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    Veteran observers of basketball in Louisville never thought they would see the day when another Ralph Beard or Darrell Griffith would come out of Male High School.

    But in Larry O'Bannon, the University of Louisville may have another proud son of Dear Old High School to lead the Cardinals to another national championship.

    O'Bannon doesn't have the swagger of the supremely confident Griffith, the Most Valuable Player when he led Denny Crum's Cardinals to the school's first national championship in 1980.

    Nor does he have the quickness or run-through-a-wall eagerness of Beard, a four-time All-American who led the University of Kentucky to three national championships, helped the USA to Olympic gold medals, and made first-team All-NBA. Both led Male to state titles.

    O'Bannon is something of a reluctant hero. Despite his sculpted physique, he often appeared a bit timid and was willing to let someone else lead.

    But no more. He is now a genuine three-point threat and one of the team's leading rebounders. And can he shoot free-throws. He was 10 for 11 at the foul line against West Virginia in the NCAA Tournament's Albuquerque Region final on March 26.

    O'Bannon scored 18 points to help U of L (a four-seed, remember) rush past No. 1-seed Washington 93-79 on March 24.

    But in a game in which U of L trailed West Virginia by 20 points in the first half, O'Bannon found himself scoreless and his team down 47-35 at halftime.

    Time for the new O'Bannon. No one saw him shed his glasses and don his Superman cape, but O'Bannon was a different player in the second half.

    The 6-foot-4 O'Bannon erupted for a team-high 24 points in the second half and five-minute overtime. The Cards came back from the dead to win 93-85 in a game that saw the Mountaineers connect on an astonishing 18 of 27 three-point attempts.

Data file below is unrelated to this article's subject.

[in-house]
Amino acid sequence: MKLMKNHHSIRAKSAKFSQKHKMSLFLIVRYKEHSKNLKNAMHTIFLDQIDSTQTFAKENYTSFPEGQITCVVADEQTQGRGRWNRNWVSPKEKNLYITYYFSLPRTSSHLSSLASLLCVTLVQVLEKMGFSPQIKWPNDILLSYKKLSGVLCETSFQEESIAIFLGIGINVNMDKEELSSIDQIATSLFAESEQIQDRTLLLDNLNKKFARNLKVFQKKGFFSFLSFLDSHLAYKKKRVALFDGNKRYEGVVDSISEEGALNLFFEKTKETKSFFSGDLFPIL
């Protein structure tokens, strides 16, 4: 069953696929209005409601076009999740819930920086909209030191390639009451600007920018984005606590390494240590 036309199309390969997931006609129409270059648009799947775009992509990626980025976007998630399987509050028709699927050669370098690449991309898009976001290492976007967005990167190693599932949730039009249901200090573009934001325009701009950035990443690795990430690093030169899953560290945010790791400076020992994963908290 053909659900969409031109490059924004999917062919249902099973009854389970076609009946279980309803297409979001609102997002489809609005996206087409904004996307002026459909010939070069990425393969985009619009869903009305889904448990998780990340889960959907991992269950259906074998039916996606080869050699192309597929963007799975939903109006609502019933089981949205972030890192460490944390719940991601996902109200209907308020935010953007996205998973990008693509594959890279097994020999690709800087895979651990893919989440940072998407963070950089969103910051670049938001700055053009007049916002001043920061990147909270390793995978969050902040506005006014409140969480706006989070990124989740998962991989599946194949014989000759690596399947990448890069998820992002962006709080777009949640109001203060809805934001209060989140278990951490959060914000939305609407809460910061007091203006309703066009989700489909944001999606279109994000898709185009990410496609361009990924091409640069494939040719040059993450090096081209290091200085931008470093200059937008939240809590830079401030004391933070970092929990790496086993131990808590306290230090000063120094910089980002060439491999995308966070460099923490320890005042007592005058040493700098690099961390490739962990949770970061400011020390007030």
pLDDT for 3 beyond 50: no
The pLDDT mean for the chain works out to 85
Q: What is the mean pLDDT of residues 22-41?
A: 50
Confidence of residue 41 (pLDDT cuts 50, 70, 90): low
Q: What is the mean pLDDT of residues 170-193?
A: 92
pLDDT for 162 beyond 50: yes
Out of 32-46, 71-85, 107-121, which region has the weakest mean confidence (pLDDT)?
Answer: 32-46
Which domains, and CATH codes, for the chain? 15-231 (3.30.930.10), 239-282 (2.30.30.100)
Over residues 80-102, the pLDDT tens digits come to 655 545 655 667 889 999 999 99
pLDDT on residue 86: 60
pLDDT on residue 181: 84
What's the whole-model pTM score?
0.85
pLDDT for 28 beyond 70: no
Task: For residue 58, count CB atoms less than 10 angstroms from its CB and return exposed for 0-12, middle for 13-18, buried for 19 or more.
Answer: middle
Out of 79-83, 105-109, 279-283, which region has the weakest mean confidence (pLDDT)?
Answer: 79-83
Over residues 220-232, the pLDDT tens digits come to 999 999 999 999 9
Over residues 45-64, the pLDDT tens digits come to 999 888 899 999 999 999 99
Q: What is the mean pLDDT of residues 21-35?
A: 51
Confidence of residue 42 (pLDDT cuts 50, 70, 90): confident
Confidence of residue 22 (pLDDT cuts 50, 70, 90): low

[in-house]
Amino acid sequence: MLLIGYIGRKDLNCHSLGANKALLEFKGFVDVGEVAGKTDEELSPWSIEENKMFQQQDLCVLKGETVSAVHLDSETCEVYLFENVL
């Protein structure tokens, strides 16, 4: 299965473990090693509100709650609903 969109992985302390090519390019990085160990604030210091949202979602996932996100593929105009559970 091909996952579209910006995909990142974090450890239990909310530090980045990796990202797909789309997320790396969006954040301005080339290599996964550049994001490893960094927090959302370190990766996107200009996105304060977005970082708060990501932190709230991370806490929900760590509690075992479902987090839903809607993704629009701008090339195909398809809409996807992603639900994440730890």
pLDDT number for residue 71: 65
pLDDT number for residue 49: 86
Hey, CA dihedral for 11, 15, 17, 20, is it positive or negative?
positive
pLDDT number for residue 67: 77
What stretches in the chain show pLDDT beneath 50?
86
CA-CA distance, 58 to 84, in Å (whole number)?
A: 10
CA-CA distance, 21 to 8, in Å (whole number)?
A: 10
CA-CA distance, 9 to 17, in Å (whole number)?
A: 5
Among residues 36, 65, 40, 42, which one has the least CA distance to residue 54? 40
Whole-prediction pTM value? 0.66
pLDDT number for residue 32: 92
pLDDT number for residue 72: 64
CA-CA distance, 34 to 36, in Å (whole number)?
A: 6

Everyone knows that this is junior Francisco Garcia's team, but he was on the bench, having fouled out with the Cards trailing 72-67 with 4:02 left in regulation. Junior Taquan Dean was questionable, too, having to leave the game repeatedly with leg cramps.

    So O'Bannon, a senior, had to take charge. He started penetrating the middle of West Virginia's zone defense. He fed a pass to Juan Palacios underneath to cut U of L's deficit to just two points. And then O'Bannon somehow snaked his way through for a layup to tie the score at 77 with just 32.2 seconds left.

    In overtime, O'Bannon also scored on a jumper and Palacios put back a rebound and the Cards were up 88-83 with 1:33 left.

    The Albuquerque regional's Most Valuable Player? Who else but O'Bannon! Oh, he's the best student on the team, too.

    U of L coach Rick Pitino had to be convinced by Junior Bridgeman to recruit O'Bannon. Now Pitino is O'Bannon's biggest booster.

    Bridgeman is a former Cardinal star and new chairman of U of L's board of trustees.

    On March 29, Pitino told a pep rally crowd of 16,000 U of L fans at Fourth Street Live! that "Larry O'Bannon is the most improved player I have ever coached."

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